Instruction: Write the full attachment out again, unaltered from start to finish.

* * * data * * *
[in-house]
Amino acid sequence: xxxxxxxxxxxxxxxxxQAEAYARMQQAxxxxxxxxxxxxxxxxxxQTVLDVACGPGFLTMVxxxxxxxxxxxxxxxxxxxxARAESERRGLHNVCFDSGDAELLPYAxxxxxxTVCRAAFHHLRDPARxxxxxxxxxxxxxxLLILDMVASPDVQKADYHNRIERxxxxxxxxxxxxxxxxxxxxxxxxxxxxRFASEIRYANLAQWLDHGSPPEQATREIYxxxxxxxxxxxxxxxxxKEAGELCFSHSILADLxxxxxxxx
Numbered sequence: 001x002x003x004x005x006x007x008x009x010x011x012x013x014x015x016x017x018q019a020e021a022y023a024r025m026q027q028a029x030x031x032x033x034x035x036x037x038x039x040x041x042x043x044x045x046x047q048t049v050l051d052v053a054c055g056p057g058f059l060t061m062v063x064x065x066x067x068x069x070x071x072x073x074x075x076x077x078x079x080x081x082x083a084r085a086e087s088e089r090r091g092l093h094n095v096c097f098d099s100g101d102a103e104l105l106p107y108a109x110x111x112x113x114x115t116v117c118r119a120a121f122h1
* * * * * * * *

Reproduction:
[in-house]
Amino acid sequence: xxxxxxxxxxxxxxxxxQAEAYARMQQAxxxxxxxxxxxxxxxxxxQTVLDVACGPGFLTMVxxxxxxxxxxxxxxxxxxxxARAESERRGLHNVCFDSGDAELLPYAxxxxxxTVCRAAFHHLRDPARxxxxxxxxxxxxxxLLILDMVASPDVQKADYHNRIERxxxxxxxxxxxxxxxxxxxxxxxxxxxxRFASEIRYANLAQWLDHGSPPEQATREIYxxxxxxxxxxxxxxxxxKEAGELCFSHSILADLxxxxxxxx
Numbered sequence: 001x002x003x004x005x006x007x008x009x010x011x012x013x014x015x016x017x018q019a020e021a022y023a024r025m026q027q028a029x030x031x032x033x034x035x036x037x038x039x040x041x042x043x044x045x046x047q048t049v050l051d052v053a054c055g056p057g058f059l060t061m062v063x064x065x066x067x068x069x070x071x072x073x074x075x076x077x078x079x080x081x082x083a084r085a086e087s088e089r090r091g092l093h094n095v096c097f098d099s100g101d102a103e104l105l106p107y108a109x110x111x112x113x114x115t116v117c118r119a120a121f122h1